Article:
Zulu (Paul)
48'' lightweight aerobatic glider - One of my favourite models in my fleet !
Drooperons increase the already impressive performance envelope of Zulu and yet still only require a total of two servos - the same units that operate the elevons.
Efficency in thermals is increased, as is performance in light lift conditions and aerobatic agility - tighter turns, tighter loops, increased roll rate, lower stall speed. Deep stall is incredibly stable, providing easier landings with more precise altitude control

NCFM M60 (Tim)
NCFM M60 (Paul) 

These things shift and for a higher gear load her up with ballast and let her go. They were designed as a 60'' racer. There is a smaller version caller The Moth which both Rob and Tim have one. Needs some experience to fly one of these. They go where they are pointed. A good windy day and you can't beat a M60 racer.

EPP Jart (Tim)

Now this model has some speed but incredibly stable. Looks good despite the fact she is a foamy.
About a 48'' wingspan and very aerobatic if you want her to be or just poodle around (at speed). Flies well in various wind conditions but does penetrate well into wind when needed.
NINJA (Paul)

Rob has already listed the Ninja below but I and many others have enjoyed flying the Ninja for many years now. I have used mine for combat and as a camera platform for my HD video camera. Here is a picture of a gaggle of Ninja's. I have flown mine all over the country - If its a new site or flying of the cliffs then I will always get out the Ninja. Reliable, Stable and bounces if it all goes wrong!!
A good move on from the Flyingwings Spectre. Not difficult to fly and performs well in light winds up to 50mph winds (yes, we had our Ninja's flying in 50mph winds!!)

ZAGI (Rob)

We have the Zagi - a well tried and tested model from JP but we all find it difficult and twitchy -
I got it very cheap £15 from a friend, but after flying our other models, we feel that this is prone to stalling without notice and doesn't respond well to our commands. They are not made any more (maybe a good thing !)
2 channel control - elevons


Well what can I say - this is the ultimate flying wing for combat and general sloping from Flying Wings - it's unbreakable and flies very well. I have flown this one in a 51 mph gale at Mill Hill and still had complete control (nearly)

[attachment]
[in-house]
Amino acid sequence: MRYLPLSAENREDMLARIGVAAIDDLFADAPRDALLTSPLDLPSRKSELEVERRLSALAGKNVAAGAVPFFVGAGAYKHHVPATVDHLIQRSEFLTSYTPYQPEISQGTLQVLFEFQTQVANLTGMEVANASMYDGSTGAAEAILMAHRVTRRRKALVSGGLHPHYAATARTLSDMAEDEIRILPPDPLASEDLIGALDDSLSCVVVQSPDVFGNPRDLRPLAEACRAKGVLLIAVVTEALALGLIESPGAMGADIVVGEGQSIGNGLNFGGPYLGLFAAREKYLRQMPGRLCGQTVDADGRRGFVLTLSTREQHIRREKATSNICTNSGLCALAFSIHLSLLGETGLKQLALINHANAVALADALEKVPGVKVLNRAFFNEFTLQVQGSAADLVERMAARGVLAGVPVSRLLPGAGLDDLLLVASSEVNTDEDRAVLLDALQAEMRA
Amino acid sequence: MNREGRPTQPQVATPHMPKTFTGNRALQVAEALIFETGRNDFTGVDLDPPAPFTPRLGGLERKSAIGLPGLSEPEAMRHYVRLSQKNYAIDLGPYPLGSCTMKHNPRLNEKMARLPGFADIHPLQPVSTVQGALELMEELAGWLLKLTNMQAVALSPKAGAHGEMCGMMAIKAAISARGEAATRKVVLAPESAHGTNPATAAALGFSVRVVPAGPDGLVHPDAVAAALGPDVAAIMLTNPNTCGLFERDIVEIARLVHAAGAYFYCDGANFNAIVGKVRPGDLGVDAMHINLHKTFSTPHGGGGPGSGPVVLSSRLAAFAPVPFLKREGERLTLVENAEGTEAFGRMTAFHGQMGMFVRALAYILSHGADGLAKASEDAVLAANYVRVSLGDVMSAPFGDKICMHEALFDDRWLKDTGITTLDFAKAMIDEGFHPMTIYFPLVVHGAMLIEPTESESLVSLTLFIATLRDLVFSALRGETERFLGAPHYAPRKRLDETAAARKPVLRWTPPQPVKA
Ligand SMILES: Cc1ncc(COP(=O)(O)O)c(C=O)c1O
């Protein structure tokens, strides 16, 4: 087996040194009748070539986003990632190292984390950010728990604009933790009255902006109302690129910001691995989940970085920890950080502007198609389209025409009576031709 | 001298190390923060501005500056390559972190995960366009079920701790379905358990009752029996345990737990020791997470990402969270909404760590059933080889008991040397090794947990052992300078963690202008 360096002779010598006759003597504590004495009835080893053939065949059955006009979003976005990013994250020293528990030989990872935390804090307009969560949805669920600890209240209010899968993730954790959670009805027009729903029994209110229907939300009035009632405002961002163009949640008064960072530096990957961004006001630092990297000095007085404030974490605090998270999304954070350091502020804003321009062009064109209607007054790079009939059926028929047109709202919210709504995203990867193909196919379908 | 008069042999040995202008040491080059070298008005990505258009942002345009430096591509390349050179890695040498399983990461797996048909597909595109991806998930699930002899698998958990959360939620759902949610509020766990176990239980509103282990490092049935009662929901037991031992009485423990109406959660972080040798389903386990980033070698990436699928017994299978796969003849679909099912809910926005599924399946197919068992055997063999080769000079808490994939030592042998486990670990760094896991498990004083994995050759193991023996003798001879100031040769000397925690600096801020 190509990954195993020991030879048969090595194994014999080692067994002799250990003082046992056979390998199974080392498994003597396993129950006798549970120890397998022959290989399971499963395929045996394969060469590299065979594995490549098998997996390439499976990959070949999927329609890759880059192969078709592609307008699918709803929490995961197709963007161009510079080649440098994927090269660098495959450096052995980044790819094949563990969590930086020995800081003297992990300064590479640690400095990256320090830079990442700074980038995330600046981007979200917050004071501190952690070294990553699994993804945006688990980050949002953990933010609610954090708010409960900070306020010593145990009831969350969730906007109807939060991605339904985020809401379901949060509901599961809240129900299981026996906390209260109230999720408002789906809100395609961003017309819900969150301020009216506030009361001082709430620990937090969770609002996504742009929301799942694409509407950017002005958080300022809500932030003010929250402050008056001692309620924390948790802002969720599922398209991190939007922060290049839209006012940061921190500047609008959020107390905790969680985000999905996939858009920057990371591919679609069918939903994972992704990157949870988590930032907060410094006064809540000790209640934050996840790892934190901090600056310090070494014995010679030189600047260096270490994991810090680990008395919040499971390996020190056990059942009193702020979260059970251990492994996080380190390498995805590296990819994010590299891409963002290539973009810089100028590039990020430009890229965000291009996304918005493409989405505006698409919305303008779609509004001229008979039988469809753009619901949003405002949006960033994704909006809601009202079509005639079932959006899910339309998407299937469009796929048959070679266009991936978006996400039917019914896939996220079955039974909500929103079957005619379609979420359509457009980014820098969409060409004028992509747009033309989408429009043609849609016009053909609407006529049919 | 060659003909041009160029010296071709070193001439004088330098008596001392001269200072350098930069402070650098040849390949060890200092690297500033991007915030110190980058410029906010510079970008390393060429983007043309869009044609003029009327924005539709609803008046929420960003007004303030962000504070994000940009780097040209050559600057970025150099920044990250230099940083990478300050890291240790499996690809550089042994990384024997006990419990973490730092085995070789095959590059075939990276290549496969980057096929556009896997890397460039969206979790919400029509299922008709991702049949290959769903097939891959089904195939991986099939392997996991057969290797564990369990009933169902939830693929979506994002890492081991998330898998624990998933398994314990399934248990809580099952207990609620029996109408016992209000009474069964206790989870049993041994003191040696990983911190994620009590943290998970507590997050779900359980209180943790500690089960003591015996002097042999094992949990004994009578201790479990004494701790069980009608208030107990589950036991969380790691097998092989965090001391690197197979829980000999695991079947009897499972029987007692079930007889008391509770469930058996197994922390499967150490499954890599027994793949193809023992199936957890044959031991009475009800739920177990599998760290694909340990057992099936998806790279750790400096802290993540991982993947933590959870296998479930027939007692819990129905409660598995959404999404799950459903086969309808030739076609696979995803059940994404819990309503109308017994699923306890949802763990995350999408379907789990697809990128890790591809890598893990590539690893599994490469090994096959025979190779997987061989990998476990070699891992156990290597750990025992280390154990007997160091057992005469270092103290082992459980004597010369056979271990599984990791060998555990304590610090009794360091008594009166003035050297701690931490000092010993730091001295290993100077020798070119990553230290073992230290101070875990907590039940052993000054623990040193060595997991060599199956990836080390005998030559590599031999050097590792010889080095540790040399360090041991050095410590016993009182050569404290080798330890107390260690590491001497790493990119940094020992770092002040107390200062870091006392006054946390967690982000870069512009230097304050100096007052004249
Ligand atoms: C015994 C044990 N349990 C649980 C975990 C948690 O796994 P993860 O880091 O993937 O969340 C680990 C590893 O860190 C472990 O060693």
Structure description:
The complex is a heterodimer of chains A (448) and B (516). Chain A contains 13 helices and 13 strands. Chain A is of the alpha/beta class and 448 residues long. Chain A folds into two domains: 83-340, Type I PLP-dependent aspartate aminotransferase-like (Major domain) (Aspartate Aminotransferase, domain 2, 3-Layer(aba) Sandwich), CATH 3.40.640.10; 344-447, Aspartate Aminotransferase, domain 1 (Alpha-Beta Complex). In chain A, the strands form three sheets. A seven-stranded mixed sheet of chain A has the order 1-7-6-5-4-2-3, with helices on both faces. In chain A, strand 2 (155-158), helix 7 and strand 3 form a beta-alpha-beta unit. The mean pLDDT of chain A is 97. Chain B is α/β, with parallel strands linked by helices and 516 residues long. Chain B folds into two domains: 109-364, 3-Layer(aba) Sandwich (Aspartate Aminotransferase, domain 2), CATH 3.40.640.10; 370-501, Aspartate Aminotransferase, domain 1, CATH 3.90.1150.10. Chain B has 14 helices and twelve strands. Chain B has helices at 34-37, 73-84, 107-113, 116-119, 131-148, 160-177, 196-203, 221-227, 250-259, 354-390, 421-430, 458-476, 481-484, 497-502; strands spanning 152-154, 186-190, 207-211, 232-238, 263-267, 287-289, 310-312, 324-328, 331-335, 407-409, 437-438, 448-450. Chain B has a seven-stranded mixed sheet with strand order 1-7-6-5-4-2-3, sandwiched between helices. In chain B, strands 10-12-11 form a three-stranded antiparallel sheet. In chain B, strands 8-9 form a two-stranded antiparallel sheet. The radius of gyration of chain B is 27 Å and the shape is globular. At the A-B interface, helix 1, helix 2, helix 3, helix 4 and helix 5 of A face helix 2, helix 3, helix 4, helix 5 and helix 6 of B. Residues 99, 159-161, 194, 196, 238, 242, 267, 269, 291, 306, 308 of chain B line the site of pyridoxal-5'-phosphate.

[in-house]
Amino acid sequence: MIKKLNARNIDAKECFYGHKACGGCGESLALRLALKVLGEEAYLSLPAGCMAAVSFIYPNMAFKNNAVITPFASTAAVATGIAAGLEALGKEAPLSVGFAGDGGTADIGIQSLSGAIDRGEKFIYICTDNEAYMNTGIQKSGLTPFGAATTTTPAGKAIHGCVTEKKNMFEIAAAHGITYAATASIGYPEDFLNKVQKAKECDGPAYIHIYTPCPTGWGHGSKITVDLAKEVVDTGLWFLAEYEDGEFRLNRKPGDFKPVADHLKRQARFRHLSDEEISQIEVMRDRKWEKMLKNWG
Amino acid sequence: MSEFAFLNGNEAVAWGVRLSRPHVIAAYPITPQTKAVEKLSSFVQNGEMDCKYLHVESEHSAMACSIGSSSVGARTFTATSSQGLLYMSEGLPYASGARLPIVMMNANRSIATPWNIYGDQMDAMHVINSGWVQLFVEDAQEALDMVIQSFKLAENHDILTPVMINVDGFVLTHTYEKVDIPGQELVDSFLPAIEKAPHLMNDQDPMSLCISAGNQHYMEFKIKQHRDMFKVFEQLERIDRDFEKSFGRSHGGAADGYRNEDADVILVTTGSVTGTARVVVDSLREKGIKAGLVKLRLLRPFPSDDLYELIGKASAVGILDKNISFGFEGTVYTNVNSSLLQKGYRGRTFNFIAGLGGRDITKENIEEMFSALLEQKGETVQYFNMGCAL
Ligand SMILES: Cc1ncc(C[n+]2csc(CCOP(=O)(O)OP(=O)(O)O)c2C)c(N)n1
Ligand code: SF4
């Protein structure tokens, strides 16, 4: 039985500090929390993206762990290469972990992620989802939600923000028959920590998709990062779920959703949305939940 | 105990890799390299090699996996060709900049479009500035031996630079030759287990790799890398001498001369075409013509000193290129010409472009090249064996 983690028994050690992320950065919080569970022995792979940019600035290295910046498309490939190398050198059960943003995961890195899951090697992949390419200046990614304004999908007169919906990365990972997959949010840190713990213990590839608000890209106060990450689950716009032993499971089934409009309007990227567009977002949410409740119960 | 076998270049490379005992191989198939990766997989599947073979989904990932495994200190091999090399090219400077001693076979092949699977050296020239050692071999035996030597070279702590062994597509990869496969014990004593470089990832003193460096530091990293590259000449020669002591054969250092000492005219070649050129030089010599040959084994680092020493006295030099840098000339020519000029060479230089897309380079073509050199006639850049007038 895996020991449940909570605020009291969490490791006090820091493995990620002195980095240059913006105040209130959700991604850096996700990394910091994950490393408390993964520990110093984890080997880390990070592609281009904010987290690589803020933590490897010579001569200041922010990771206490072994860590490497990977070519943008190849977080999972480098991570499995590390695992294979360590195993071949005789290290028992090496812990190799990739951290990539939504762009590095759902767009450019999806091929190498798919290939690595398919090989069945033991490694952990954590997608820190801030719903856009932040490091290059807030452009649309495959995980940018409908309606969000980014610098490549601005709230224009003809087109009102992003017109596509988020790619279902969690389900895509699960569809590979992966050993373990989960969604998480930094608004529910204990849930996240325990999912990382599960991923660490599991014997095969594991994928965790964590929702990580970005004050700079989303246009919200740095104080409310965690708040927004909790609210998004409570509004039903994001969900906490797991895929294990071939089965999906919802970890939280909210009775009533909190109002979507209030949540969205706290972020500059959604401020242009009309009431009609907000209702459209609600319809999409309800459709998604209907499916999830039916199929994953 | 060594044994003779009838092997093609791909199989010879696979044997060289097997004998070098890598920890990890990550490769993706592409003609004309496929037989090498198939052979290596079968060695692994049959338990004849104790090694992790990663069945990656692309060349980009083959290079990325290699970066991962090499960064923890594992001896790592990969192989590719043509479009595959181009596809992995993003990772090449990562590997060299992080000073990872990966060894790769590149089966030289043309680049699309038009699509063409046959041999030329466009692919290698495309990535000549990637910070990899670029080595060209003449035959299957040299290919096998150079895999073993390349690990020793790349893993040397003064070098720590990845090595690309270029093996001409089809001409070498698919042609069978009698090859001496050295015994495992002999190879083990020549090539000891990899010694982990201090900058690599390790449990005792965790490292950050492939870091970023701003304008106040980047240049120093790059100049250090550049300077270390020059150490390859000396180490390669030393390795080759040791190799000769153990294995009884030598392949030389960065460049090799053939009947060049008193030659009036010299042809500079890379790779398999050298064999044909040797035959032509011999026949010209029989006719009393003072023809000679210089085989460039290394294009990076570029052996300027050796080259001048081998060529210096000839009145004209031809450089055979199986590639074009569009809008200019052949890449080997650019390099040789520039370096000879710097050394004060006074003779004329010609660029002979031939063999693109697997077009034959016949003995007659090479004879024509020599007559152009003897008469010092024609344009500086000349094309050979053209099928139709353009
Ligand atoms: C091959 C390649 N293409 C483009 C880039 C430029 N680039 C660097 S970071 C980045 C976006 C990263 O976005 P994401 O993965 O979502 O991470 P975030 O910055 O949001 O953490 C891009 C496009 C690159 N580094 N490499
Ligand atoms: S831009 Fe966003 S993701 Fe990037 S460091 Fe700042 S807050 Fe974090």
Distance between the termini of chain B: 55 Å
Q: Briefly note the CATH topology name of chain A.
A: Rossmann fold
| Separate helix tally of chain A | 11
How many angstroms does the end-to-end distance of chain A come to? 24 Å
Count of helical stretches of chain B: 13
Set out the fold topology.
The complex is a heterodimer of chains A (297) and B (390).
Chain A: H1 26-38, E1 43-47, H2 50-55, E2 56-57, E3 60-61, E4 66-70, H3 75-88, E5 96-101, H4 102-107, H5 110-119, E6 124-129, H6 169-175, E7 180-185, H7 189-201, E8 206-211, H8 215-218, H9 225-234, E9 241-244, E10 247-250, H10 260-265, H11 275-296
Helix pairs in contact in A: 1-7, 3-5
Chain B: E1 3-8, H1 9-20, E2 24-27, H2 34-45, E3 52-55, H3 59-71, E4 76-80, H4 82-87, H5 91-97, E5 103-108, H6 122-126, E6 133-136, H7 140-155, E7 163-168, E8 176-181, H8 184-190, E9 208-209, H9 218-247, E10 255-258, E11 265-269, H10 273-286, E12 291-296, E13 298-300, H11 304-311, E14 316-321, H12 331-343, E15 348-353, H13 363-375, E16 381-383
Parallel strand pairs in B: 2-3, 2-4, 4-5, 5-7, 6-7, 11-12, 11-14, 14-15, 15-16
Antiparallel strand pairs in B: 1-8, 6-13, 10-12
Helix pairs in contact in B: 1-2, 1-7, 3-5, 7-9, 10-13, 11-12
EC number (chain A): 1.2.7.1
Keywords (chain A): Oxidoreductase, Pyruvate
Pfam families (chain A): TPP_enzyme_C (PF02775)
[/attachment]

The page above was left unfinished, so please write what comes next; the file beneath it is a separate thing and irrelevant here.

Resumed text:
It weighs in at a kilo, so it's pretty heavy but tough as anything.
It's easy to build using only a modelling knife and UHU POR to put it together.
Covering is just coloured tape over cross-weave carbon tape - simple
It uses 2 standard servos (metal gears recommended)
Kits cost between £56 and £100 depending on options
2 channel control - elevons

MOTH (Rob)

Here's the NCFM Moth it's brilliant to fly in all winds - I didn't build it, so I have no idea how easy it is to put together - looks easy though !
It comes with a ballast tube so you can load it up for really windy conditions - I love it.
It is made of foam covered with Solarfilm or equivalent and some fibreglass on the fuselage for strength (not essential)
It has 2 standard servos on board.
The kit is $100 .
2 channel control - elevons
 Moth (Tim)
Polecat (Steve H)
The Polecat, a very fast EPP60 racer

Multiplex Xeno (Russell)
Wingspan 49”, flying weight 678g, 2-channel elevon control.

A clever, elegant, moustache-shaped wing that glides very smoothly while its fold-ability allows me to combine cycling or walking with slope soaring, which is great. However, it was one of those models where I had to buy a second one to get it right... It's a foamy flying wing but it's not indestructible, I'd recommend adding glass tape to the leading edges and use Araldite rather than Zacki to join the foam to the hard plastic centre section. It's the hard plastic which breaks and it's not easy to fix. The major design shortcoming was Multiplex's decision to mount the control horns on the underside where they will routinely break even with a 'greaser' landing. So on my mark 2 model I took a scalpel to the foam and redirected the push rods to the top of the control surface where I glued the horns, I then realised the horns were far too short and added plywood levers – problems solved. As I say it's a very smooth flyer and it penetrates strong winds remarkably well.

1 comment:

  1. How about the RidgeRyder from HK? Definitely worth a try!